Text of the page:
Caryl Phillips You know that period when you’ve finished a book and you don’t know what to do? We generally have lunch during these periods in that place around the corner from the British Library; as one of us is pretending to be “working” in there. Well, true to form, I was doing little more than scrambling around in the British Library, having just finished Higher Ground, and having a month-and-a-half on my hands before I was due to go down to St. Kitts. It was during this period that I happened upon some journals in the North Library; One in particular caught my eye. It was entitled Journal of a Lady of Quality, and written by a Scotswoman, named Janet Schaw, who at the beginning of the 19th century traveled from Edinburgh to the Caribbean. What attracted me to this story was the fact that she visited St. Kitts. Right beside what was once my brother’s place, up in the mountains in St. Kitts, is a broken-down Great House. Janet Schaw described going to a dinner there when it was the centerpiece of one of the grandest plantations in the Eastern Caribbean. I began to realize then that there was a whole literature of personal narratives written primarily by women who had traveled to the Caribbean in that weird phase of English history between the abolition of slavery in 1807 and the emancipation of the slaves in 1834. Individuals who inherited these Caribbean estates from their families were curious to find out what this property was, what it would entail to maintain it, whether they would get any money… The subject matter began to speak, but that’s never enough, for there’s another and formidable hurdle to leap; that of encouraging a character to speak to you. At the back of ’88 when we used to meet, I was concerned with the subject matter and research, but as yet, no character had begun to speak.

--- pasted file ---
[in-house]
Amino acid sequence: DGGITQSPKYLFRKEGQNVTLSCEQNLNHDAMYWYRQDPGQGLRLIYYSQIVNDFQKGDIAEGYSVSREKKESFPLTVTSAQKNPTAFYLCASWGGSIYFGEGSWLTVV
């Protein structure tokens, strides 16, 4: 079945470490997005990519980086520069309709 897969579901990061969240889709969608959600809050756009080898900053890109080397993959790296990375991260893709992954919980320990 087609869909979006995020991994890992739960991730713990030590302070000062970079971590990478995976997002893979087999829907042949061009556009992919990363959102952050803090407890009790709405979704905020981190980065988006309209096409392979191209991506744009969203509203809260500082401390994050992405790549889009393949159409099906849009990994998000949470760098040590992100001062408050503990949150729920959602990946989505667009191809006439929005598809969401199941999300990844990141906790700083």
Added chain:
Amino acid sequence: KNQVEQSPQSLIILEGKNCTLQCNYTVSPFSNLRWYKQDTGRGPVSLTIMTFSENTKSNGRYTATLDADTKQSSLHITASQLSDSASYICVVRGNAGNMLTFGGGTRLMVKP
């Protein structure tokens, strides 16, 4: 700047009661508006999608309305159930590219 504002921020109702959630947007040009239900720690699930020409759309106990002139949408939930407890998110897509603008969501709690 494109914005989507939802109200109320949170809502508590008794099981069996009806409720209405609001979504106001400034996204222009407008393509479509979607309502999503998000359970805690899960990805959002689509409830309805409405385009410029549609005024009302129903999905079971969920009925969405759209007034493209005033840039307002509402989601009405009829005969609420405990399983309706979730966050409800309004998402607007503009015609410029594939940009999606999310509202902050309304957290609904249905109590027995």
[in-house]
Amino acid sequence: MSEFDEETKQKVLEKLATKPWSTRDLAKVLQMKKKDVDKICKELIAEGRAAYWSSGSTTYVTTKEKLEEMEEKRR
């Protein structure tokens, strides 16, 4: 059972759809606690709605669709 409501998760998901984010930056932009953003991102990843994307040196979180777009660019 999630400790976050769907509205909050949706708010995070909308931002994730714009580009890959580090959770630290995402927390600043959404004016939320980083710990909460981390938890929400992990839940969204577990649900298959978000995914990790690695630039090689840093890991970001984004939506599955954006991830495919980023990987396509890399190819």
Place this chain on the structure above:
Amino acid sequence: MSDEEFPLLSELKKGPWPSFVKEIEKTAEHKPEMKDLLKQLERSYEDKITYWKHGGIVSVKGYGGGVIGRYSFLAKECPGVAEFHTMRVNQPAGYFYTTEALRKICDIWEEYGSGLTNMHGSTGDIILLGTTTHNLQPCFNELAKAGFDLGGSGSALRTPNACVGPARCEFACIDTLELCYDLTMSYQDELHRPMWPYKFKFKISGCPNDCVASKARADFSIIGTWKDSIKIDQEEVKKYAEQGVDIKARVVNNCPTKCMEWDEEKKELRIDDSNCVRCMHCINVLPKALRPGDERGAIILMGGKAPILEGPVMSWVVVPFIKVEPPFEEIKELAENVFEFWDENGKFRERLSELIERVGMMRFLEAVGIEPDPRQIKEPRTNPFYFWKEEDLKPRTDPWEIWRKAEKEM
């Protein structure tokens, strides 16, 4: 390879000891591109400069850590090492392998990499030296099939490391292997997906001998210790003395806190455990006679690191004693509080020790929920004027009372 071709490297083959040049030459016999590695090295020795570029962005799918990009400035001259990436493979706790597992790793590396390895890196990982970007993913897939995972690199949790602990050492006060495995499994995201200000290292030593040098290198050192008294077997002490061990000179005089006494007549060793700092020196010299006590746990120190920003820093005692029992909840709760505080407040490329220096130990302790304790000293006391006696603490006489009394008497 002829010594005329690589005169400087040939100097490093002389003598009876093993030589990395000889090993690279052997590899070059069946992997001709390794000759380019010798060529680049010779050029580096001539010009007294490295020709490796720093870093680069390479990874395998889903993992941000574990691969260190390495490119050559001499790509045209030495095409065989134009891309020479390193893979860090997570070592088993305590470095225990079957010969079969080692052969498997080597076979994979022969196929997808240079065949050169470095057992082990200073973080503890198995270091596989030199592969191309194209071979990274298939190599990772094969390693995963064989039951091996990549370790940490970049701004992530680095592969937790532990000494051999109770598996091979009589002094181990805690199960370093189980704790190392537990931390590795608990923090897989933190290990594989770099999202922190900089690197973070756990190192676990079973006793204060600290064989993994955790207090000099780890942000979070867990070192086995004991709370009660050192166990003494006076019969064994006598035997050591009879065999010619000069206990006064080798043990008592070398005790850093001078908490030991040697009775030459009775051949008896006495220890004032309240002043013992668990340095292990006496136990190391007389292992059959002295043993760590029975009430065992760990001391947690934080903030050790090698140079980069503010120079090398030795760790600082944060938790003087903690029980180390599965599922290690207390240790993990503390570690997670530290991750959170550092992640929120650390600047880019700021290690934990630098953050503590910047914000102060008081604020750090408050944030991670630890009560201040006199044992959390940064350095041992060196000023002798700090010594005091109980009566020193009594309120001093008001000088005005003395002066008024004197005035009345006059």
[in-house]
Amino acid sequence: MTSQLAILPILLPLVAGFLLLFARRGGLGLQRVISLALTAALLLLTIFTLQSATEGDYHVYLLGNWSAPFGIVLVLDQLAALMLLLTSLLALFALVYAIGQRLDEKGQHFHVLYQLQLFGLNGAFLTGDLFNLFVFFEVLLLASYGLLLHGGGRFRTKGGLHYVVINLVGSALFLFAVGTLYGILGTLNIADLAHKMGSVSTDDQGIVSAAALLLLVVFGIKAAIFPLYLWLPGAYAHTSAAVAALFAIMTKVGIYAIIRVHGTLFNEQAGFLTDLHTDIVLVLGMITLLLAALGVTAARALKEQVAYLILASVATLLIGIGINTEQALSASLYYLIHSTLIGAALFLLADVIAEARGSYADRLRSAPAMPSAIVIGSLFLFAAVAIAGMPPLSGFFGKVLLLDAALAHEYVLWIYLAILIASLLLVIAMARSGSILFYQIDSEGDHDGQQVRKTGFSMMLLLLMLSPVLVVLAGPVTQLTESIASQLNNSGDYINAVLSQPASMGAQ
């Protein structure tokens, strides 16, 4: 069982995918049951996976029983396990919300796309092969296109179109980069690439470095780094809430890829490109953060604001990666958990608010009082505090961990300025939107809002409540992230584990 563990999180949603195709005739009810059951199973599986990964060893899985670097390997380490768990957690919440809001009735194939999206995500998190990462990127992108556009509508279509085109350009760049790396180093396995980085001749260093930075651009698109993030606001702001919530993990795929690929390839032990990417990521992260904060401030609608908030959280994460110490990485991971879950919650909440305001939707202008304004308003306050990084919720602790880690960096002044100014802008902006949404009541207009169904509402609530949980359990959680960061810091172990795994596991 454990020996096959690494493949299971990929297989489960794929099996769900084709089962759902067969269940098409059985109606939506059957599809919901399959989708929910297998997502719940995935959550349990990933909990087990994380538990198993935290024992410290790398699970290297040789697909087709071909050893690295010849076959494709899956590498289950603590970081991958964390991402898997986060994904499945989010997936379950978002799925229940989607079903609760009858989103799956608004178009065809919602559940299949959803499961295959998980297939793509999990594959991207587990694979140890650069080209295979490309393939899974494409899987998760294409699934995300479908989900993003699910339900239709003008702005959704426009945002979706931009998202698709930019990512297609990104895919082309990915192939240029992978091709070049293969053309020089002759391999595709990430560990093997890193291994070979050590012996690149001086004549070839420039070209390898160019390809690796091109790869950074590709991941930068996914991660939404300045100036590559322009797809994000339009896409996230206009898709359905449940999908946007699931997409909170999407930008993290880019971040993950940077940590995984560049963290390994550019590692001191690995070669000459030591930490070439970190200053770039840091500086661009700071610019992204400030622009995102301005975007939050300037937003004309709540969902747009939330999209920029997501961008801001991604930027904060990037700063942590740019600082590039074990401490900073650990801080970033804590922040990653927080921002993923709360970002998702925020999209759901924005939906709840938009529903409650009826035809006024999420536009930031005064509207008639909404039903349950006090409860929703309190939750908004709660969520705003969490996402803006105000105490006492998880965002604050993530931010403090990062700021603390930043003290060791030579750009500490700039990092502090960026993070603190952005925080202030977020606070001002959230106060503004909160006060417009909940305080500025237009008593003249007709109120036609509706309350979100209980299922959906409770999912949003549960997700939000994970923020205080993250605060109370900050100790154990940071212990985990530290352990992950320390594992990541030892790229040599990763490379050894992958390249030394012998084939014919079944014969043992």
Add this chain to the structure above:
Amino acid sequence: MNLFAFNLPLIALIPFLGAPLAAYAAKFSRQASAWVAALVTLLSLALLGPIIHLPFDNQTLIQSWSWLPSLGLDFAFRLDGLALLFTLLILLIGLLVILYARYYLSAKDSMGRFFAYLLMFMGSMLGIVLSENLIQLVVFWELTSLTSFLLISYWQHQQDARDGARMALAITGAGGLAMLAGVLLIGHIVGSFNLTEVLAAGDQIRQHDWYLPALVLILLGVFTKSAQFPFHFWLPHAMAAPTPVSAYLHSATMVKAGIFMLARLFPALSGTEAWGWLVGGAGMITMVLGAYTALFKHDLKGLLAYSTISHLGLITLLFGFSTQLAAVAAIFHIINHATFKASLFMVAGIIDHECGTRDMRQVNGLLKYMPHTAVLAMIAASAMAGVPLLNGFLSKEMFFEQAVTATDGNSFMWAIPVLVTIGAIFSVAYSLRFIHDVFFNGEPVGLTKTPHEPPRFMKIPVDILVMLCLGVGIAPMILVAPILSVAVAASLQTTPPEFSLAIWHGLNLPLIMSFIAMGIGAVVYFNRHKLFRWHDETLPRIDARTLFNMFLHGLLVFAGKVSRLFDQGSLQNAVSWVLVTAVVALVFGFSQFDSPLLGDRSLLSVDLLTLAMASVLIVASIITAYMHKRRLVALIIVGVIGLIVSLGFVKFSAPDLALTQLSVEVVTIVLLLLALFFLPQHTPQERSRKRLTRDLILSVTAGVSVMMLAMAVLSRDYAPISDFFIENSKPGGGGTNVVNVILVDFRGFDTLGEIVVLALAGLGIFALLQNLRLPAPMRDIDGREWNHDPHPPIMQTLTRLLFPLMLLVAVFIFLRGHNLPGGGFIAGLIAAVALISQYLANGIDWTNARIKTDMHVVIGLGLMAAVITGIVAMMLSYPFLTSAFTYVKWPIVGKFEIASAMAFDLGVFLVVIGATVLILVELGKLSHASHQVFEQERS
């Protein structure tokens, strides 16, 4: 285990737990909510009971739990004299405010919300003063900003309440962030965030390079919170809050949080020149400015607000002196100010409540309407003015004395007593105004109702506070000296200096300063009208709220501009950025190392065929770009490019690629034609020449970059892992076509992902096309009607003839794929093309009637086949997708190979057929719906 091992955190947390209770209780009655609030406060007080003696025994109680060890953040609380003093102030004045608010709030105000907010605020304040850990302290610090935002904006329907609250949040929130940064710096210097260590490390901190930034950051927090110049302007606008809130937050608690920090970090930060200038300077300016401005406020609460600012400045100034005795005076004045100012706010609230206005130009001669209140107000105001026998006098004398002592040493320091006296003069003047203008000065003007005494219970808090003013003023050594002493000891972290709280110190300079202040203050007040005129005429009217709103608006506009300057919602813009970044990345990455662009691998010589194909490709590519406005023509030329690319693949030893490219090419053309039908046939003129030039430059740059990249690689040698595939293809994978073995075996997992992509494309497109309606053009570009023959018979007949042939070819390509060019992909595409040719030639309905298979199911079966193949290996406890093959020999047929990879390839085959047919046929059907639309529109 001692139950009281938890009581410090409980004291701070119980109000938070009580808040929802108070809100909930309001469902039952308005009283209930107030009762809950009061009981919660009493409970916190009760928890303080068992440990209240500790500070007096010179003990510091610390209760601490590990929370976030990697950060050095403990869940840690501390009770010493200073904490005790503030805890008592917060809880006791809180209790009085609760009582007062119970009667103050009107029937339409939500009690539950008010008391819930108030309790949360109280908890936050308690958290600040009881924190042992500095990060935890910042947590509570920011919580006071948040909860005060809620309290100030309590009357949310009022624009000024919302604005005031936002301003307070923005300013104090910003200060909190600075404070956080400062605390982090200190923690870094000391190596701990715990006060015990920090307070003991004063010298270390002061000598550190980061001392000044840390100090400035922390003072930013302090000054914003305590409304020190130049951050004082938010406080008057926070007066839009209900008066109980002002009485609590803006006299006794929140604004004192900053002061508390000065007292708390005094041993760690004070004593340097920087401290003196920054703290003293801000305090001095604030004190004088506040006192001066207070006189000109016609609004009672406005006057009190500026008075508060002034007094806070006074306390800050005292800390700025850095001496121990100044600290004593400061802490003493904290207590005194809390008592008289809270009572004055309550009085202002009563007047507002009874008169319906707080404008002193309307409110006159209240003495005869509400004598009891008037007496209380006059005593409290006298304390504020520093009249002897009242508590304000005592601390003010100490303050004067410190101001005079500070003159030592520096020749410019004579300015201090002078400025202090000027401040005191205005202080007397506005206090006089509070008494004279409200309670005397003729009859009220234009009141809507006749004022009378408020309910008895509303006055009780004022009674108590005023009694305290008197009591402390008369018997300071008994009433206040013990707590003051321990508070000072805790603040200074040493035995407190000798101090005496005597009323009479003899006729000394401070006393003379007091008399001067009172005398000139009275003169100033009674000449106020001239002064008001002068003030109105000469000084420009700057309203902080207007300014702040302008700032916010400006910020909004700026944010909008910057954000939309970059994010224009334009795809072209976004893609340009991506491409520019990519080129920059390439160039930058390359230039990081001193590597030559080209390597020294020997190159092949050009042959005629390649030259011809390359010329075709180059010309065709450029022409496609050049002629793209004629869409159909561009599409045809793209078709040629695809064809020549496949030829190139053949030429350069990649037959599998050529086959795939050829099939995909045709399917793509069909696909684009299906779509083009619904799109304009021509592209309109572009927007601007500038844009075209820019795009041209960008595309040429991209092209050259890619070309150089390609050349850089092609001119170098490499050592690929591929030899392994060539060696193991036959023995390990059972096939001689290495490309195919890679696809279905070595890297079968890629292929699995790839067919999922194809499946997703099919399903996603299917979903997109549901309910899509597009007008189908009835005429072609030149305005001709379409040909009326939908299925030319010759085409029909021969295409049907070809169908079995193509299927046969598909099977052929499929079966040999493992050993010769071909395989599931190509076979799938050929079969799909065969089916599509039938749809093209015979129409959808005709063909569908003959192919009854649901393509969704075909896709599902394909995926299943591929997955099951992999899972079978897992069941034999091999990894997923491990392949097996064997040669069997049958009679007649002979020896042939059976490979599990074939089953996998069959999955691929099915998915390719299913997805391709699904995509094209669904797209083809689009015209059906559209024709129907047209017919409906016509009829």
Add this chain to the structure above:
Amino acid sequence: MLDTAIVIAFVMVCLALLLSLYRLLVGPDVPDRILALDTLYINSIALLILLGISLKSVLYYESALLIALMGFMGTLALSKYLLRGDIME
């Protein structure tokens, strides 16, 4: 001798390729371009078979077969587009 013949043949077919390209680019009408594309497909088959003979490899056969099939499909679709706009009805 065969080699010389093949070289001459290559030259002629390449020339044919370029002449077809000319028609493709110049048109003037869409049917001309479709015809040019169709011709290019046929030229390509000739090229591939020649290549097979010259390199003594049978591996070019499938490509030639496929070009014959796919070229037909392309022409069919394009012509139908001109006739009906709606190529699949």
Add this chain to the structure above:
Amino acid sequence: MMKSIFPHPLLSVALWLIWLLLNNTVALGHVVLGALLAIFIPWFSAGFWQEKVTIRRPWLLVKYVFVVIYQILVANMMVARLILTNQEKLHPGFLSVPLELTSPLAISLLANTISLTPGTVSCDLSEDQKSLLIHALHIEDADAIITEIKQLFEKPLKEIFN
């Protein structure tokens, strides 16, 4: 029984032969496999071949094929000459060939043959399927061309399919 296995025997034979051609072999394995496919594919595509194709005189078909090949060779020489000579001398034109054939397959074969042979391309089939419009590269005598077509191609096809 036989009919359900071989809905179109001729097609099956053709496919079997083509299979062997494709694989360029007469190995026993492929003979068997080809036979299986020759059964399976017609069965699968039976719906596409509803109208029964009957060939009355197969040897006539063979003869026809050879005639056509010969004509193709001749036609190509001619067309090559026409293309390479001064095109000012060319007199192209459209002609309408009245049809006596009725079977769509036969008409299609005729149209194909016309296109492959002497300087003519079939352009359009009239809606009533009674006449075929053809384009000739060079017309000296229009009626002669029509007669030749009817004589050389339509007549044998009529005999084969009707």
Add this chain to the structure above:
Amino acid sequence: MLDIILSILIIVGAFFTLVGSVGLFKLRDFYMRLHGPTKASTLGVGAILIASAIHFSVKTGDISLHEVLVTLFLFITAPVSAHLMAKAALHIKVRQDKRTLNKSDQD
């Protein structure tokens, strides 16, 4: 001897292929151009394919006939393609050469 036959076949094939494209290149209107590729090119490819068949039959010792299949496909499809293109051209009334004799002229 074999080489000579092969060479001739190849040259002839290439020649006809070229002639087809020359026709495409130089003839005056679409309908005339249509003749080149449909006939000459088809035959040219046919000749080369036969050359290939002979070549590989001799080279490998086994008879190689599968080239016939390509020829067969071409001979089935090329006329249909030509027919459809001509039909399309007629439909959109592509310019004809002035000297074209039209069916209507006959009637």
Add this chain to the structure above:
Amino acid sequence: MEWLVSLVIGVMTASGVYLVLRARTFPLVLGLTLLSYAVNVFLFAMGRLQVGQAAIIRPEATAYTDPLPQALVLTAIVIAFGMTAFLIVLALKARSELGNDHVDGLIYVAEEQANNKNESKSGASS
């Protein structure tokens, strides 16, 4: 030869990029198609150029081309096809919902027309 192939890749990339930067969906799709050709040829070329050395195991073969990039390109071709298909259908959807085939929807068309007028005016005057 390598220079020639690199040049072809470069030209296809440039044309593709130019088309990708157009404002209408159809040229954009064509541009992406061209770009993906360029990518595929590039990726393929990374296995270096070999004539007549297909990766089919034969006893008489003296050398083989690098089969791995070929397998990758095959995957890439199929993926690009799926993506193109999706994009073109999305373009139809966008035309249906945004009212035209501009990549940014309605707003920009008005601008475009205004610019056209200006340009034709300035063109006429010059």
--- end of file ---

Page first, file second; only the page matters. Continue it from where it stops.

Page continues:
GS And how did the character of Cambridge evolve?